One of the forces that drives my passion for science is a fascination with diversity and complexity. When observed at any scale, life is overwhelmingly, breathtakingly and beautifully intricate. By oversimplifying this experience, pseudoscience and bad science, no matter how innocuous the ideas condoned by them, are an insult to this beauty.
That is why healthy lifestyle fads, such as the Paleo Diet and Blood Type Diet (among a slew of others), make me mad. They oversimplify the human experience by limiting what “health,” “diet,” “evolution,” “human history,” and even “science” mean. Their progenitors made a whole lot of money selling books to promote an idea in the name of science that is totally misrepresenting scientific thought and totally misrepresenting what we as scientists celebrate.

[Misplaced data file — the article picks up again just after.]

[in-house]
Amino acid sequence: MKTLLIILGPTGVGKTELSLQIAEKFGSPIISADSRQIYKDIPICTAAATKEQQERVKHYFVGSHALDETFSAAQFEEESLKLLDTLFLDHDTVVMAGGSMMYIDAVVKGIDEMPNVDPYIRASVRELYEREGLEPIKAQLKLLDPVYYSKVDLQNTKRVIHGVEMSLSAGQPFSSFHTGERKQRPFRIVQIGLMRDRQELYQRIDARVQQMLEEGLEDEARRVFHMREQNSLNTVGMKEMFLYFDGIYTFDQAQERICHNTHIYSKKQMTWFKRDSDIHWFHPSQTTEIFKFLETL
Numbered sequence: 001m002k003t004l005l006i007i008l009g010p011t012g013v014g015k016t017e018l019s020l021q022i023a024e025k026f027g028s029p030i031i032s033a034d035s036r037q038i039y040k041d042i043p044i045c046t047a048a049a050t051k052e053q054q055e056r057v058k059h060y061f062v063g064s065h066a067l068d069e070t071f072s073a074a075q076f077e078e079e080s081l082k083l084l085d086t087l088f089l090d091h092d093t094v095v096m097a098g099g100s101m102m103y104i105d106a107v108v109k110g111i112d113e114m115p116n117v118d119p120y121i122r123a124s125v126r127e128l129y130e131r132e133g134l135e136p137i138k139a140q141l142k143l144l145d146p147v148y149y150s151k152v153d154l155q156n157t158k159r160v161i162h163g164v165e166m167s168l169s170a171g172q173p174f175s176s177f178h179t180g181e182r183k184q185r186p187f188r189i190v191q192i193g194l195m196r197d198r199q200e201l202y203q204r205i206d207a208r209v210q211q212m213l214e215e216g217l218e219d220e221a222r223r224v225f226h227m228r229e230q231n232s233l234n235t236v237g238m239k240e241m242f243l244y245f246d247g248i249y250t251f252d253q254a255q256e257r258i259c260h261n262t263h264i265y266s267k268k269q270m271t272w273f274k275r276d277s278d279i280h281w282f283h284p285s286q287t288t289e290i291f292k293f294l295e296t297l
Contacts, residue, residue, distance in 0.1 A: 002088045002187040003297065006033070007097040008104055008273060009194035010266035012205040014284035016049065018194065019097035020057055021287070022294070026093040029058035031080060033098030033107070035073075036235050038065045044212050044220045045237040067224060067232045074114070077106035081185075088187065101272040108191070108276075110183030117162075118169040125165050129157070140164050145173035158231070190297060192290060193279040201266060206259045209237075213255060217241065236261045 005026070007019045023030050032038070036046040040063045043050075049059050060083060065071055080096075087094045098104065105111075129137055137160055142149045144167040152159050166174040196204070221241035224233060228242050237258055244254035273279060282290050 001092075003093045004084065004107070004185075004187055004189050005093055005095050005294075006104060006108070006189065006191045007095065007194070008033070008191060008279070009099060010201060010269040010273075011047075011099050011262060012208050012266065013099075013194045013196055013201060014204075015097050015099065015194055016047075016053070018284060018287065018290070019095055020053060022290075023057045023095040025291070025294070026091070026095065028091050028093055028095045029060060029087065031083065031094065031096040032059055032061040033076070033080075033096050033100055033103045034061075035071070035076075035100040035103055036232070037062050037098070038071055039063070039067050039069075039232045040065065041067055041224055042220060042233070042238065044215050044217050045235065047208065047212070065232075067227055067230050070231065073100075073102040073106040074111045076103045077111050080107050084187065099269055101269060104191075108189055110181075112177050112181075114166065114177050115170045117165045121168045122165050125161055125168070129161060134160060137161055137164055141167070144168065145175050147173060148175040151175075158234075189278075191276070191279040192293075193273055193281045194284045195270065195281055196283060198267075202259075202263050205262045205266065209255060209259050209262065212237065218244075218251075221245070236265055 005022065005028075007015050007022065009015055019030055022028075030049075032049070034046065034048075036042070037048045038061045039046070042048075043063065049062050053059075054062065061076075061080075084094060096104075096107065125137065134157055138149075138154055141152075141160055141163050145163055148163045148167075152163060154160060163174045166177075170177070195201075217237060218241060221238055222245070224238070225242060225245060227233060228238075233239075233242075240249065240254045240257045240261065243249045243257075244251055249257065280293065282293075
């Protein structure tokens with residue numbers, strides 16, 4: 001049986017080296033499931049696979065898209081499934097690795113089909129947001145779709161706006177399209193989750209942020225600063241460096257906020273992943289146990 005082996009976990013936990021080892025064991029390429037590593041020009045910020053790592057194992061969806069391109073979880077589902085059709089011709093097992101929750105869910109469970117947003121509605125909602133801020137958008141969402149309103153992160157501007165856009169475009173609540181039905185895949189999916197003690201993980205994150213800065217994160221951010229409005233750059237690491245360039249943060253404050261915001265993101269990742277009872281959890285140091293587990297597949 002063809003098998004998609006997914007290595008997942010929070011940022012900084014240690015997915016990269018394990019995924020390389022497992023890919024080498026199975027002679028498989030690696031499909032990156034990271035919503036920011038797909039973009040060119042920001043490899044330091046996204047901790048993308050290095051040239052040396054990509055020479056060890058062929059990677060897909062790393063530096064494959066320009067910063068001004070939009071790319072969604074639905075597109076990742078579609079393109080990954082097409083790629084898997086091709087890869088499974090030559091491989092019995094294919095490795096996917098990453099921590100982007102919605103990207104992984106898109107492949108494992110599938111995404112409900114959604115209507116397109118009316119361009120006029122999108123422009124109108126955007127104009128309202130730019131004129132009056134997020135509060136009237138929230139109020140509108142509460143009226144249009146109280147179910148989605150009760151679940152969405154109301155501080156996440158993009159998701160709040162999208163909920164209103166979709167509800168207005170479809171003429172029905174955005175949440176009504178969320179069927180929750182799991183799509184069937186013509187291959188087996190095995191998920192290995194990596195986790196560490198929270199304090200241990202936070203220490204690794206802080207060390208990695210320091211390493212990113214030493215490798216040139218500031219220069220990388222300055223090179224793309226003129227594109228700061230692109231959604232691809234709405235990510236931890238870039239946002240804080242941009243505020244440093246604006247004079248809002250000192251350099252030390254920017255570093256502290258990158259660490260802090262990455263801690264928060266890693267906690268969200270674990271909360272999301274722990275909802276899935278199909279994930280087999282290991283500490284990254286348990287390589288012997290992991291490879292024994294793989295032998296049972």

Marlene Zuk in her recent book Paleofantasy: What Evolution Really Tells Us About Sex, Diet, and How We Live cleverly breaks down why the “paleo” lifestyle fad makes no sense in the context of evolutionary thought. She contends that the idea that all humans in the Paleolithic had one utopian lifestyle to which they were perfectly adapted and that humans today are woefully maladapted to their modern lifestyles is misleading. No species is ever perfectly adapted to a constantly changing environment, and each adaptation is a result of balancing trade-offs. That is why genetic variation exists in the first place.
I reviewed Zuk’s book in American Scientist‘s July–August issue. You can read the review here.